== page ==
, Volume 16, Issue 10, pp 2049-2061
Date: 31 Jan 2014

Effects of extreme temperature on seedling establishment of nonnative invasive plants

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Climate change and plant invasion are two of the most important ecological issues facing the world today. Extreme events are likely to play an important role in plant invasion. For example, tolerance to temperature stress is critical for plant germination and survival of seedlings. Nonnative invasive species tend to differ from co-occurring native species in several traits. Increased mean temperatures are known to enhance the risk of plant invasions, but few experimental studies have linked plant invasion to both increasing mean temperature and extreme (low and high) temperatures. Ten plant species from Asteraceae (six nonnative invasive and four native species) were chosen and six temperatures (extremely low, average winter, average annual, average summer, high and extremely high) were used to test the effects of extreme temperatures on plant invasion in southern China. The results showed that nonnative invasive plant species (IS) germinated more readily and the seedlings grew better than those of native plant species (NS) at high temperatures, suggesting that global warming may facilitate invasion. Extreme temperatures decreased the seed germination rate and seedling growth of both IS and NS, although NS were more tolerant of extremely low temperatures (5/0 °C). IS, in turn, were more tolerant of extremely high temperatures (40/35 °C). Extreme high temperatures may increase the risk of plant invasion because IS seedlings are better able to become established, whereas low temperatures may hinder invasion. In addition, the species-specific differences in plant origin (IS and NS) and temperature tolerance were correlated with other climatic factors and should be considered in managing invasive species in a changing world.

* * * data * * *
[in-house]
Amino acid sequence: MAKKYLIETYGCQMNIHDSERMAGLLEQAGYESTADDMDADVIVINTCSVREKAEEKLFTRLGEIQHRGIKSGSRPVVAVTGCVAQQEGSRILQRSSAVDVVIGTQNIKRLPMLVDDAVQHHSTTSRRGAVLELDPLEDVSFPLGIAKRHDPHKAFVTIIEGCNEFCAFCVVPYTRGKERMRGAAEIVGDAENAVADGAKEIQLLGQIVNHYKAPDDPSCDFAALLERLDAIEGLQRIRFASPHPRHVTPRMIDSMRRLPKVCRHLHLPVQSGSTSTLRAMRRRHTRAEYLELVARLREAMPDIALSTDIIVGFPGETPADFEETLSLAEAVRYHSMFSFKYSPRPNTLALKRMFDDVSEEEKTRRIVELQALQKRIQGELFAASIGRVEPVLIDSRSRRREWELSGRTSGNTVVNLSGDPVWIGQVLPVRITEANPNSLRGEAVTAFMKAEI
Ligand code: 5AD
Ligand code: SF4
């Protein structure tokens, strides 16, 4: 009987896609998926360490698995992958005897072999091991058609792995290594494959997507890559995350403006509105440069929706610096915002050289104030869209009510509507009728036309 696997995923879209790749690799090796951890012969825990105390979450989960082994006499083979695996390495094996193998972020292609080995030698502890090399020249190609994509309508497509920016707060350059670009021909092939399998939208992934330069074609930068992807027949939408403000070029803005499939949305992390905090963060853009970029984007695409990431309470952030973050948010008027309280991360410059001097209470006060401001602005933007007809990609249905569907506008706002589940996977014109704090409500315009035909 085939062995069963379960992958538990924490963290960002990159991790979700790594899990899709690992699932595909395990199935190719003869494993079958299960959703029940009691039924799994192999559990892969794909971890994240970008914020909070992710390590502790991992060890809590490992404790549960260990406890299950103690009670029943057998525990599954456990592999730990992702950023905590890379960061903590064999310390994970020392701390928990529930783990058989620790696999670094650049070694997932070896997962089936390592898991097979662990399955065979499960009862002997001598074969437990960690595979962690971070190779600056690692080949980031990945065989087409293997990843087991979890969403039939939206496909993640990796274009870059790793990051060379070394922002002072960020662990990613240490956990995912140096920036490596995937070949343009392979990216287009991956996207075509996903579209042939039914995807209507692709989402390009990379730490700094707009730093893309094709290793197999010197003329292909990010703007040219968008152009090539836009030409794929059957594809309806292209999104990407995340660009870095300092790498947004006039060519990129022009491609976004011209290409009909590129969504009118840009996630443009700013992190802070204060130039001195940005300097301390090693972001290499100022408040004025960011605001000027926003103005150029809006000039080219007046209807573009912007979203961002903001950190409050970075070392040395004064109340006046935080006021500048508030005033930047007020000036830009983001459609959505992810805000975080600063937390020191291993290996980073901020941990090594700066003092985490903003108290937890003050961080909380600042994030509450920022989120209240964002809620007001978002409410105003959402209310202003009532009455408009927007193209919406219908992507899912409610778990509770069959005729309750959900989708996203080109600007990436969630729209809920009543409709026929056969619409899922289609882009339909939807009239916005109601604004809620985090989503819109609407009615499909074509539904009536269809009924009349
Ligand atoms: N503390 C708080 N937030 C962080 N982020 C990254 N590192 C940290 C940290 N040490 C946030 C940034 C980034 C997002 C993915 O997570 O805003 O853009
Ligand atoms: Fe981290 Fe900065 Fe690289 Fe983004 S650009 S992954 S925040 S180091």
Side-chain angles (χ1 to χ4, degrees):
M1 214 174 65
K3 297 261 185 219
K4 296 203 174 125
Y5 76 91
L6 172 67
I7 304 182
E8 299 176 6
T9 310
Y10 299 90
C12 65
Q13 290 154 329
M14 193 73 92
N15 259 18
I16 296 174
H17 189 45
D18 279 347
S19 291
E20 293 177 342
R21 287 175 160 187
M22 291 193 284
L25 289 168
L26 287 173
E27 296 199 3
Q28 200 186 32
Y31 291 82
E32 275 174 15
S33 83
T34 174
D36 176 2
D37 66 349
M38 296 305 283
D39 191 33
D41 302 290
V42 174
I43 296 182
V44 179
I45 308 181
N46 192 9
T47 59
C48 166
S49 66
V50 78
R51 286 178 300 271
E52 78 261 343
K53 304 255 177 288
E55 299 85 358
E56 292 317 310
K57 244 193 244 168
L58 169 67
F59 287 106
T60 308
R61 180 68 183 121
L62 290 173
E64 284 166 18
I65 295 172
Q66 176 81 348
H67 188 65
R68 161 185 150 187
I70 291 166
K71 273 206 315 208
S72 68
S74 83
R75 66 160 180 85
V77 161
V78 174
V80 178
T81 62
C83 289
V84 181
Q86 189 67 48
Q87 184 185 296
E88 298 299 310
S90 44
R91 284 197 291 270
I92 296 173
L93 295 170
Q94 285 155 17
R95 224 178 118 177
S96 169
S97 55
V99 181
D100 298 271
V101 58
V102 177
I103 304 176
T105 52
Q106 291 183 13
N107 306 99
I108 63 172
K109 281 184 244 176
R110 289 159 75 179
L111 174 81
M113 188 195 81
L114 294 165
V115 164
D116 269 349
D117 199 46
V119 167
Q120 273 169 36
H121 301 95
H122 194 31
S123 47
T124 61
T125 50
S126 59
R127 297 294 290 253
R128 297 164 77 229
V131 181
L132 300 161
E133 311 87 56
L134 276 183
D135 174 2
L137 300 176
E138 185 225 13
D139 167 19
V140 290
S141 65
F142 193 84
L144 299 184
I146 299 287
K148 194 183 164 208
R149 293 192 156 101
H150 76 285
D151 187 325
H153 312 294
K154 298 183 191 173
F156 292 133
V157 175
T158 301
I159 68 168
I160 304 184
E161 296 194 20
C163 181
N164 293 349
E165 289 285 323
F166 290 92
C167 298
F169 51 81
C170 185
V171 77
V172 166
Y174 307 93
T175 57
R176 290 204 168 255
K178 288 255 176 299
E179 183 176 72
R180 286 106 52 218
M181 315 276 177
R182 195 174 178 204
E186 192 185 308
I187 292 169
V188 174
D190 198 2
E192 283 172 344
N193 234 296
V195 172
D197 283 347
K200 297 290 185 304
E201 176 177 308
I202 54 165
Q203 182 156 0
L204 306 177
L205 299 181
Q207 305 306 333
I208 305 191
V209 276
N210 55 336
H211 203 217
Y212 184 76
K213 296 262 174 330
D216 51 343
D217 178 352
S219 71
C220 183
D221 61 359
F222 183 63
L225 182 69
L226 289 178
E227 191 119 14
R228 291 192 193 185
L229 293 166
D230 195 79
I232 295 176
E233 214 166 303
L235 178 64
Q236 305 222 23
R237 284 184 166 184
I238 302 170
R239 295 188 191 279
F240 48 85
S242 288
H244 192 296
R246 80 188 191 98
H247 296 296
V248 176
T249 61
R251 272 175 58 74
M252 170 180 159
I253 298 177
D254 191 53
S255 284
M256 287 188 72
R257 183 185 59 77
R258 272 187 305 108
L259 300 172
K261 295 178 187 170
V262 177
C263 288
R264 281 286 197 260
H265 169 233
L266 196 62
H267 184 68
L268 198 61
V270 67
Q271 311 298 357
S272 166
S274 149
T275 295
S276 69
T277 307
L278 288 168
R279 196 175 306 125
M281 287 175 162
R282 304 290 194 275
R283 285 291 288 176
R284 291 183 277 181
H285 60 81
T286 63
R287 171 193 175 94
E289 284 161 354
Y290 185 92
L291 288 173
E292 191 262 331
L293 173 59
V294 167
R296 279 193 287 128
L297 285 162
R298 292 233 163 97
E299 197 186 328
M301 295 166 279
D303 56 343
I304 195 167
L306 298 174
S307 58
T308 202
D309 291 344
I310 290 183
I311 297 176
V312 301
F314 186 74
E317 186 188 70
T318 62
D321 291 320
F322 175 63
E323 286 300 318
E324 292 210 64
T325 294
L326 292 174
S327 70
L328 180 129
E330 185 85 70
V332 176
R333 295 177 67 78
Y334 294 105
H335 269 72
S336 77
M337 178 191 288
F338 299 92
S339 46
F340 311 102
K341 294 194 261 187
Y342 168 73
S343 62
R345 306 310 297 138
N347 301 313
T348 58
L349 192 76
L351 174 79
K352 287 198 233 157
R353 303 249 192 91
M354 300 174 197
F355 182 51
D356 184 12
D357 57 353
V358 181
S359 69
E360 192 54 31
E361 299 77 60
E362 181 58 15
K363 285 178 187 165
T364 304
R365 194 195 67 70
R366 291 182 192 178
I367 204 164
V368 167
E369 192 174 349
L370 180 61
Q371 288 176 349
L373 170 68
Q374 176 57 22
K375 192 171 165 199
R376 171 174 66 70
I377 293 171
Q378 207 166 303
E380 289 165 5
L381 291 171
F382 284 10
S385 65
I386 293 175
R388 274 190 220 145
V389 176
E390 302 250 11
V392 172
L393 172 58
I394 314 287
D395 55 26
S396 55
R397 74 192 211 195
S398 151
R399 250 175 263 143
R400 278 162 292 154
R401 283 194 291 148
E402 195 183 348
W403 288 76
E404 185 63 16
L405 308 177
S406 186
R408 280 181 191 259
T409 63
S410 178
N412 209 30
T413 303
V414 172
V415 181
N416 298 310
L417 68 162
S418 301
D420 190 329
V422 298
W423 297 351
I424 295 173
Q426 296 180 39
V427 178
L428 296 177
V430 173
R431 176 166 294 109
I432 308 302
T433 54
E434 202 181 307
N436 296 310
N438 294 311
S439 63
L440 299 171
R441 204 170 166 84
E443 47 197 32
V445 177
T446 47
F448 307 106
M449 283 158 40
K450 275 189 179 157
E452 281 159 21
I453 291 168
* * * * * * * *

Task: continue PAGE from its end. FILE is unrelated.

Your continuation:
Qian-Qian Hou and Bao-Ming Chen have contributed equally to this work.